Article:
Main Page | See live article | Alphabetical index


Aposiopesis is a figure of speech, in particular a form of ellipsis, in which the speaker breaks off suddenly in the middle of speaking, giving the impression that he is unwilling or unable to continue. It often portrays being overcome with emotion.


The traditional example of aposiopesis comes from Virgil's Aeneid 1.135:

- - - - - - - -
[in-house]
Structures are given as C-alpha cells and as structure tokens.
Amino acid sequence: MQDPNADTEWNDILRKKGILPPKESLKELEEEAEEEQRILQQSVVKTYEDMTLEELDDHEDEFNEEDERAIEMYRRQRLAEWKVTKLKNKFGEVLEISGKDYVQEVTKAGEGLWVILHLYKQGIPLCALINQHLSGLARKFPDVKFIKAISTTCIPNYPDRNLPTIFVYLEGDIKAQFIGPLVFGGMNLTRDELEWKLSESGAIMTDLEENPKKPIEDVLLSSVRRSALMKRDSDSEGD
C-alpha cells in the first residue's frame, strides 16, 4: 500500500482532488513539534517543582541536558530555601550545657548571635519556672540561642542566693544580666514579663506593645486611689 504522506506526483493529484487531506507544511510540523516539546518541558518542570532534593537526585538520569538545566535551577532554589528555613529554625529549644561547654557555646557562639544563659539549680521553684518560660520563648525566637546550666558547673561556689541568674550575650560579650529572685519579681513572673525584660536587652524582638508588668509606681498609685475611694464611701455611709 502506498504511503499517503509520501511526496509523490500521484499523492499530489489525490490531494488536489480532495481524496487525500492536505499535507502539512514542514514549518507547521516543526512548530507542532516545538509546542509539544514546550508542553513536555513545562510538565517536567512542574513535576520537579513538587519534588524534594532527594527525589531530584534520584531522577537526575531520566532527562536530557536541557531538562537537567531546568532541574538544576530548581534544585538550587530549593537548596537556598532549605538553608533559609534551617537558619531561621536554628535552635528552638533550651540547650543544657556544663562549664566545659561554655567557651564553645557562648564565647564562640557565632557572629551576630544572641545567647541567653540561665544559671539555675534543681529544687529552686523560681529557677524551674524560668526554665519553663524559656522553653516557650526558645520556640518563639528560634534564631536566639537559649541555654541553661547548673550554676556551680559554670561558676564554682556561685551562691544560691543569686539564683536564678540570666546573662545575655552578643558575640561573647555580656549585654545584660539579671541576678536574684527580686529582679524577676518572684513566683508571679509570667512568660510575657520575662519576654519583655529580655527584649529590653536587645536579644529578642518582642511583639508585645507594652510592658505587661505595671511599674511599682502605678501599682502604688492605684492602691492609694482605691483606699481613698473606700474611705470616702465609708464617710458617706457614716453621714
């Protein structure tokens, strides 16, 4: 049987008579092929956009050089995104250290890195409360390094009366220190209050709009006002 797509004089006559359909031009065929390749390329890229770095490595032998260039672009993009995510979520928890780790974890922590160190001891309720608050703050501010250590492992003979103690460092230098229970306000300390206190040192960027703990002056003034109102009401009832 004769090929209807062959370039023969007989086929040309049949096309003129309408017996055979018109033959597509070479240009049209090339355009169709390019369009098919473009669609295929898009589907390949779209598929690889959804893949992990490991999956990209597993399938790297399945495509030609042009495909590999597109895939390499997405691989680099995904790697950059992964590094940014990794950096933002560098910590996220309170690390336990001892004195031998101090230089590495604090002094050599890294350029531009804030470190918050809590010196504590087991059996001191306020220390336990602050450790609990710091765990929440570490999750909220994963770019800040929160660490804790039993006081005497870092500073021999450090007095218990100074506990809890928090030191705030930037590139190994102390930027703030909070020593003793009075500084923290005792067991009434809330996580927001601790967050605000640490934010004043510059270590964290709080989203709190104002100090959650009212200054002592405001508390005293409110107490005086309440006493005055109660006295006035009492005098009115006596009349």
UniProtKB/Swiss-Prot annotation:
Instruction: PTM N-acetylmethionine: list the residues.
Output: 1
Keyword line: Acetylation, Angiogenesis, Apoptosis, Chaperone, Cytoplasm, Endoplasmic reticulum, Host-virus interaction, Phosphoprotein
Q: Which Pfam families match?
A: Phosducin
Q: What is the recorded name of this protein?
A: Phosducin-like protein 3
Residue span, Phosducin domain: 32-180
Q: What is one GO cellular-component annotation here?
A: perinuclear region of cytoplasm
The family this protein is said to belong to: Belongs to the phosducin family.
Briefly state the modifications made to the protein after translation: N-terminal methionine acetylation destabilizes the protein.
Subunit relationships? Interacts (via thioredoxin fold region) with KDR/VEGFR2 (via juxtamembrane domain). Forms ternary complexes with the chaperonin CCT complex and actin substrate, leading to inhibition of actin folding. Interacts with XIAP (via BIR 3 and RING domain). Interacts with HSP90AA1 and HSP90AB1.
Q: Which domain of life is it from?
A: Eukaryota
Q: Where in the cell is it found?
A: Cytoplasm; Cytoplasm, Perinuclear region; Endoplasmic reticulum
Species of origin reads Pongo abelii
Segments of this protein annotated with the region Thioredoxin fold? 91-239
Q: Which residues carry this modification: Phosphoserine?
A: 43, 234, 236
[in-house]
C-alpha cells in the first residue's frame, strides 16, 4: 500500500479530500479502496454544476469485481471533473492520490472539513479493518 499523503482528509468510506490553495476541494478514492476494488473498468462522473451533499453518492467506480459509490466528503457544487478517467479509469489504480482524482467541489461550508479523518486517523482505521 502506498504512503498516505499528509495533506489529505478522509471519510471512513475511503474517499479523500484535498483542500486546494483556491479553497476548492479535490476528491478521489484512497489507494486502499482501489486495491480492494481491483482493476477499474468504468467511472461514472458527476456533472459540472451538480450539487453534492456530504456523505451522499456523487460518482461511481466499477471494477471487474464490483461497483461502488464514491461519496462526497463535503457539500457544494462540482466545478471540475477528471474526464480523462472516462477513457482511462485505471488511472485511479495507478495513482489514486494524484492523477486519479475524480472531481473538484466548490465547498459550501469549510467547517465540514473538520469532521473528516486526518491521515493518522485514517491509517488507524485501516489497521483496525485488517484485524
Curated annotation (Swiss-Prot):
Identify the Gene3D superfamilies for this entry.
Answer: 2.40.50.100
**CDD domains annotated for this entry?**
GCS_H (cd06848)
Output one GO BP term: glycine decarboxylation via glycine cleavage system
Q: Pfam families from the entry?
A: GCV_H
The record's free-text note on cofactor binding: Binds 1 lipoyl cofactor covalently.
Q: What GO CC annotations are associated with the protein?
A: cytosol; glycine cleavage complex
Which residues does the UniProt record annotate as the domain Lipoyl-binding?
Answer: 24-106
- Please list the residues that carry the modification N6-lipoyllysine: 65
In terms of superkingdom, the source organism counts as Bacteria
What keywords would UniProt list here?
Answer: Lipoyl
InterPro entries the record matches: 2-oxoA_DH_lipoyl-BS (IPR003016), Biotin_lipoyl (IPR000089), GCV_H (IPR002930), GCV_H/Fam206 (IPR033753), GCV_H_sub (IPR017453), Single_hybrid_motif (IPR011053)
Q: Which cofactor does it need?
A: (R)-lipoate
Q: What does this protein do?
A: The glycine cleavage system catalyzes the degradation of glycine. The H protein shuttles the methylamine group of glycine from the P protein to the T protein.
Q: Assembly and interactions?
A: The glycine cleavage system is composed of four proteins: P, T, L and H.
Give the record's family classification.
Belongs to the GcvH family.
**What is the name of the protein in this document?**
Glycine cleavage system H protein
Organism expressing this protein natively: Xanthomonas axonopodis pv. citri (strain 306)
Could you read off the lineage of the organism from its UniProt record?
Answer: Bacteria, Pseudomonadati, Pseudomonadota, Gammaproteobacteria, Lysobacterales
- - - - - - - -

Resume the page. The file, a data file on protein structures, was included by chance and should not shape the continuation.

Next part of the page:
Quod ego --

meaning, in context, "Such rebels I --". This closely mirrors a more contemporary example of aposiopesis, namely, "Why I oughta...".

Another common example comes from William Shakespeare's Julius Caesar, 3.2.104-107, in which Antony interrupts his own speech at Caesar's funeral:

O judgment! thou art fled to brutish beasts,
And men have lost their reason. Bear with me,
My heart is in the coffin there with Caesar,
And I must pause till it come back to me.